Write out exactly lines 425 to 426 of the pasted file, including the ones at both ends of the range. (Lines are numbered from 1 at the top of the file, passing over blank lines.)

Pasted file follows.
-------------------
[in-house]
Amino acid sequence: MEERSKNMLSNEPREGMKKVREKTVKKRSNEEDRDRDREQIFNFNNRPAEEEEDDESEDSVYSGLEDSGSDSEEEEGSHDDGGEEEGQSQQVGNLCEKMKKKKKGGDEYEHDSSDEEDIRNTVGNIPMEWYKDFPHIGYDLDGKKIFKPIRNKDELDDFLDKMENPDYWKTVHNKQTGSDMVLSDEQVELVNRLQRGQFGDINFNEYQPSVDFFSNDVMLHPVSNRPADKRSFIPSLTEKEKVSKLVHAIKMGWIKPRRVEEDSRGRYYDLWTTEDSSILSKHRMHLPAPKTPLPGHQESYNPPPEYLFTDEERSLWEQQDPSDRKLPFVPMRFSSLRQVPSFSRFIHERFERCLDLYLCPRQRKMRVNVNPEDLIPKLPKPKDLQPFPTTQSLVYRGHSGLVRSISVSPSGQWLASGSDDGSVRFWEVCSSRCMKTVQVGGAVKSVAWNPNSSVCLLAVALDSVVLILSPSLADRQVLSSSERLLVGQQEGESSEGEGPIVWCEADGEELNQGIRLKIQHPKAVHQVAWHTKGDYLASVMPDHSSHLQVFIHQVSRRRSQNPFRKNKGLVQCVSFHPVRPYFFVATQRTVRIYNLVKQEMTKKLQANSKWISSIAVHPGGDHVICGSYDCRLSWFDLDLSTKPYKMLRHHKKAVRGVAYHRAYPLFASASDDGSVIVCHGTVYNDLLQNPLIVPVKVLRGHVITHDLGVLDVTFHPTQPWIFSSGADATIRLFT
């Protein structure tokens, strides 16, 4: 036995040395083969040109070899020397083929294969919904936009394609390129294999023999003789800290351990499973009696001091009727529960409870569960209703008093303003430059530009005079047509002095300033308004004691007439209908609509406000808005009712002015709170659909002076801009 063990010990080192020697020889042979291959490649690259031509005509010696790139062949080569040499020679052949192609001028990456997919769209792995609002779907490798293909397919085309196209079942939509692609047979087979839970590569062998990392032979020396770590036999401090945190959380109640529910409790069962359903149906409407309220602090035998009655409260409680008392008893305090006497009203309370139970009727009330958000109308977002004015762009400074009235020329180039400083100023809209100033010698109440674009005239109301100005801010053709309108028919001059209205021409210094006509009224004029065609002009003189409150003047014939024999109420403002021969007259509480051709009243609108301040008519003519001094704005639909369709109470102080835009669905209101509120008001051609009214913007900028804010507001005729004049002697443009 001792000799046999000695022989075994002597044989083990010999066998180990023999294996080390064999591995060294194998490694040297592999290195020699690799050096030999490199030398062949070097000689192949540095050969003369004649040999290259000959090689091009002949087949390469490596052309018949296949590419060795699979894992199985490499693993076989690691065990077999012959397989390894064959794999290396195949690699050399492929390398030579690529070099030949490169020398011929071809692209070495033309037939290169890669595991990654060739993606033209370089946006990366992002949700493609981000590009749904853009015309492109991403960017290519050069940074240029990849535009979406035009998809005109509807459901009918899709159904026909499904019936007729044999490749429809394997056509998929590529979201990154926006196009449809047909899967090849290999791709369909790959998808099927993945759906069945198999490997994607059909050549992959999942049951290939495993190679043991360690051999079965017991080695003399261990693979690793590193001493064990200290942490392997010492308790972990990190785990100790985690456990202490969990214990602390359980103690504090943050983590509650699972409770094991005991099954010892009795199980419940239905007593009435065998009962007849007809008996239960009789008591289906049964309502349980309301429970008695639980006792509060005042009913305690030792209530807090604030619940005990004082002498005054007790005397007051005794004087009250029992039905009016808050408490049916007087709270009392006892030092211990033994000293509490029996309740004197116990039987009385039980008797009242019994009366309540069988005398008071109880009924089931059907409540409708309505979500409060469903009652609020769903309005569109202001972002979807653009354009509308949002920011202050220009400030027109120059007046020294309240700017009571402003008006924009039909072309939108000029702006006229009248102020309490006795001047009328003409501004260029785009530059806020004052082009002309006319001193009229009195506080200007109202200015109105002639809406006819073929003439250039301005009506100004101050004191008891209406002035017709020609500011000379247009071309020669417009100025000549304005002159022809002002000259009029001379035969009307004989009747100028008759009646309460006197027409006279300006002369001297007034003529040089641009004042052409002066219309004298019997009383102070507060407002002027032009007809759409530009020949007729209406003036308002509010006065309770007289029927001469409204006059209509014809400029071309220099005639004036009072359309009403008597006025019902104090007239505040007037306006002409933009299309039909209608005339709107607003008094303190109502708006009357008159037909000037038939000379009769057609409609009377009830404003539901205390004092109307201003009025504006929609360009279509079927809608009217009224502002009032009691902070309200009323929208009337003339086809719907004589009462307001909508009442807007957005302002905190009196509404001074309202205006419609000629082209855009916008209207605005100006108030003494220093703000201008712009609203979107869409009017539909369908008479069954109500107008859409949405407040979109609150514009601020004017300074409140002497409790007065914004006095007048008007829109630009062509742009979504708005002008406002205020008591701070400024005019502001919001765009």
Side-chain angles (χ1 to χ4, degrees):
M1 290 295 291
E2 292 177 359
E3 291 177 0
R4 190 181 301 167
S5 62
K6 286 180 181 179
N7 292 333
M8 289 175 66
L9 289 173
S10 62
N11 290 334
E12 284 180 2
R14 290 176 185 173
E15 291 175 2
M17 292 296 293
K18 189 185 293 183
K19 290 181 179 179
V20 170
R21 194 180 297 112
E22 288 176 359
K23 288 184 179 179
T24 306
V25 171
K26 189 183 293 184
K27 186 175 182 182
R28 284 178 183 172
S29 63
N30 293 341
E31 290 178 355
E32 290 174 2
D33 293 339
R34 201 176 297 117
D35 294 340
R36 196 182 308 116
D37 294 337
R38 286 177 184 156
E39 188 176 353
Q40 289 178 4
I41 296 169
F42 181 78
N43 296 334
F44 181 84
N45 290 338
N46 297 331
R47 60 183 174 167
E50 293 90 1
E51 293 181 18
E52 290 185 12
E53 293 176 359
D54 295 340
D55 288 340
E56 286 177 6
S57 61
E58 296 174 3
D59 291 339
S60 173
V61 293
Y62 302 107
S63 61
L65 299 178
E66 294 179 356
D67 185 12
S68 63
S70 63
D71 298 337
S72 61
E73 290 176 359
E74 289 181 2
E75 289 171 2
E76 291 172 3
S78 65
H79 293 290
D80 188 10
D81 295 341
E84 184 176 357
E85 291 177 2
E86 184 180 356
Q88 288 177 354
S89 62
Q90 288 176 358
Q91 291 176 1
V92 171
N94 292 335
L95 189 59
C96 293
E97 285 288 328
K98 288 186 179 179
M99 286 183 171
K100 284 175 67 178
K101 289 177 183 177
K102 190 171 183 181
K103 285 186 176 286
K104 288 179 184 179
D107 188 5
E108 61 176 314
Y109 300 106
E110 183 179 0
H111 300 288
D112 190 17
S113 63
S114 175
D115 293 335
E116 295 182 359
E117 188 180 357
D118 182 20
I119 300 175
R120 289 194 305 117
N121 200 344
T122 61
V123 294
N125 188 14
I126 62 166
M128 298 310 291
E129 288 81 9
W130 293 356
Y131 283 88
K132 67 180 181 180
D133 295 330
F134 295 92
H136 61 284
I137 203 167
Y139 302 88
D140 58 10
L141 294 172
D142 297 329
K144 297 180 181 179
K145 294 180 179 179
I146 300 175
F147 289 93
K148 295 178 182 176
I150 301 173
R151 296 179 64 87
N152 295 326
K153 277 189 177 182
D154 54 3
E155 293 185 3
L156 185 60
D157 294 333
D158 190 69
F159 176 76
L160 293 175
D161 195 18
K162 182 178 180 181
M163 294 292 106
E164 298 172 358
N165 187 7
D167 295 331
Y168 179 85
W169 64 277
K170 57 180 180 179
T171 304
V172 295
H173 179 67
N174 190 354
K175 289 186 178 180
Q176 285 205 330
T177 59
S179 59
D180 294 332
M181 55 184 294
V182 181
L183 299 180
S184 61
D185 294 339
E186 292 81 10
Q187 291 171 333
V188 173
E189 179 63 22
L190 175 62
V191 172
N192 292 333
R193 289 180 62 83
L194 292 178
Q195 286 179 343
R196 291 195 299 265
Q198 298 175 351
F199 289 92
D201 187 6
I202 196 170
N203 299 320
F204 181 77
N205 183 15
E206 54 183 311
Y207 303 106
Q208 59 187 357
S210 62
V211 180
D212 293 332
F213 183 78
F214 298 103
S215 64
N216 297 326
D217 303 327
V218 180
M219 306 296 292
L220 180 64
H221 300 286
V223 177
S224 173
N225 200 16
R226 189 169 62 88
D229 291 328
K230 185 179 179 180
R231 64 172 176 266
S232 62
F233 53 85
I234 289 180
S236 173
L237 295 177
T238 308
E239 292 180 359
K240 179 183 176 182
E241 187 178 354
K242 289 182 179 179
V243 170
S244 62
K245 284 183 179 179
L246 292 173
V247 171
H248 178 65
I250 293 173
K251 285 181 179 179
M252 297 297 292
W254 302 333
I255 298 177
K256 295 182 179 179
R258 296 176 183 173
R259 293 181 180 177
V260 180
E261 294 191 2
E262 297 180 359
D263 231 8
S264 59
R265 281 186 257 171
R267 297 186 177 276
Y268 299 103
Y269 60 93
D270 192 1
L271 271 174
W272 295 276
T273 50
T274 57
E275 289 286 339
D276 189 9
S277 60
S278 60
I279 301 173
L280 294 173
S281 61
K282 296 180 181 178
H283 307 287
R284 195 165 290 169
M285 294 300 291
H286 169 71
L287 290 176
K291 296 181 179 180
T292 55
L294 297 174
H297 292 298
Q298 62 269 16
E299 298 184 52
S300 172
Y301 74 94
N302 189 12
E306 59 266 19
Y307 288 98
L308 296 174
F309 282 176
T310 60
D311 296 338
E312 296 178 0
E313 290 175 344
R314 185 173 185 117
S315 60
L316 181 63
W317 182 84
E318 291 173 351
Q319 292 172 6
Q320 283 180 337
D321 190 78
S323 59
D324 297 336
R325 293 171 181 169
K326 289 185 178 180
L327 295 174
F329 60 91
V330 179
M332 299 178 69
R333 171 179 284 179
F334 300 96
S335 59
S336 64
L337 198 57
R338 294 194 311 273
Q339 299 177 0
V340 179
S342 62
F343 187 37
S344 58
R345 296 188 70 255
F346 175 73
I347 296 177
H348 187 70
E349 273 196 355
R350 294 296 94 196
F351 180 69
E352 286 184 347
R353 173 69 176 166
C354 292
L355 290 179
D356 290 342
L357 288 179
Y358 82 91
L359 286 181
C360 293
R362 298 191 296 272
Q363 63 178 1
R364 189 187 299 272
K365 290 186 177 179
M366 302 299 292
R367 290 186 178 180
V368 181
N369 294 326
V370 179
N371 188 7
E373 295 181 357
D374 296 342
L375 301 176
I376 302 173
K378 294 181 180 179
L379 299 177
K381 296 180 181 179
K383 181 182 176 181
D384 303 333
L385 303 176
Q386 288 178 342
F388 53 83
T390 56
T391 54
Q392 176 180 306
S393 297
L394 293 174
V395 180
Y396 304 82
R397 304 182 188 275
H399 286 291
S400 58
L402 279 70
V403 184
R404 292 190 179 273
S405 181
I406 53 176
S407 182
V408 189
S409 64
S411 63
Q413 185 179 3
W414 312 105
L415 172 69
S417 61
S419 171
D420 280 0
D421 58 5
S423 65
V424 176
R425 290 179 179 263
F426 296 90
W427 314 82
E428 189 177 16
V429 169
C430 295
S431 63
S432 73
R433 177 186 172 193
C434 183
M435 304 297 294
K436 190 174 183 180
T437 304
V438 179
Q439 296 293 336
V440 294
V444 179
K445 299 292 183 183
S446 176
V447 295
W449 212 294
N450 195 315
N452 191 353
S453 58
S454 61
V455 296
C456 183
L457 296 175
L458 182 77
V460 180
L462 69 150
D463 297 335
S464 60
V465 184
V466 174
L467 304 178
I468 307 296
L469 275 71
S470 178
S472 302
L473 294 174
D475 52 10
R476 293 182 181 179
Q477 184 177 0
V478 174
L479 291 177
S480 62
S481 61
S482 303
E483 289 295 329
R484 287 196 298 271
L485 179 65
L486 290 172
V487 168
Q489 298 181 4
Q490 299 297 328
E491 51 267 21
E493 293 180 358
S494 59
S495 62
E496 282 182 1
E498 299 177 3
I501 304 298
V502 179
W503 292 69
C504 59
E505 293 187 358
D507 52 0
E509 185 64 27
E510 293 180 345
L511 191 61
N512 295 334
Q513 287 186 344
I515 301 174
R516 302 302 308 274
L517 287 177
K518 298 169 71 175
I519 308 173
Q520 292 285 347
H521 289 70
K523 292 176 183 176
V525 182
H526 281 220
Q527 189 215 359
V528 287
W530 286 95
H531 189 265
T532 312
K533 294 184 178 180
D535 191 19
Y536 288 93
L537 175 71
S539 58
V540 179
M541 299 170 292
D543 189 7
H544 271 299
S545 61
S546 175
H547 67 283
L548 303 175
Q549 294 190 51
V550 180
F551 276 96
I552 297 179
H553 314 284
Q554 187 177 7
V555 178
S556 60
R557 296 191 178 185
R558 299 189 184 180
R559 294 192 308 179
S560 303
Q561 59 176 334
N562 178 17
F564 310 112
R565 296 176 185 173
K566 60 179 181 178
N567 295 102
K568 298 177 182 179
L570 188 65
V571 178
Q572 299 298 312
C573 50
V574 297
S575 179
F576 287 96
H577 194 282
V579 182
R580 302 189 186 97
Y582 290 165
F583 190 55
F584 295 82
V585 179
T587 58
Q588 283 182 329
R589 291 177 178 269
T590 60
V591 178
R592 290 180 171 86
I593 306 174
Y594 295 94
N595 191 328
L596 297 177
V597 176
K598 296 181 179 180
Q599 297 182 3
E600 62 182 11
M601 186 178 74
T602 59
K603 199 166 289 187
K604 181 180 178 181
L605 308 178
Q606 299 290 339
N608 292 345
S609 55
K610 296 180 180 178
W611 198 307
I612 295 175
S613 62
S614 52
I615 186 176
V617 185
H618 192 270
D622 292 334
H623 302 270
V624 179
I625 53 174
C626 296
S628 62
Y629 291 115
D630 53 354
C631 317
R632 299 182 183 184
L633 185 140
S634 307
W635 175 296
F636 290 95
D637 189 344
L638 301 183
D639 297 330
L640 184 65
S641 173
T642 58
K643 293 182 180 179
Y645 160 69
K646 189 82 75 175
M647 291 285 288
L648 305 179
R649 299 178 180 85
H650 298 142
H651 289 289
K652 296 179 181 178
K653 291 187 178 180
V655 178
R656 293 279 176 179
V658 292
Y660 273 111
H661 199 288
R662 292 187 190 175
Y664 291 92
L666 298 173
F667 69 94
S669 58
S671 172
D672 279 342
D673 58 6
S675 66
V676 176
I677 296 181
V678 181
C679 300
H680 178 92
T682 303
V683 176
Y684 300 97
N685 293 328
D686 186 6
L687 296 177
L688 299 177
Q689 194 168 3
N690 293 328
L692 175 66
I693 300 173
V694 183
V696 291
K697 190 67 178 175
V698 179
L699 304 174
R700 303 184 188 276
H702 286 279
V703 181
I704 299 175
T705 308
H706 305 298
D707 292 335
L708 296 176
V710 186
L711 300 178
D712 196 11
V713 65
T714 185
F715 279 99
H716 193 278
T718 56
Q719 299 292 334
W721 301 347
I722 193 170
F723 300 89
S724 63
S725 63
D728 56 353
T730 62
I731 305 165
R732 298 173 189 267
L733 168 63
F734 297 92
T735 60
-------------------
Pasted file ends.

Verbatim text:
Q490 299 297 328
E491 51 267 21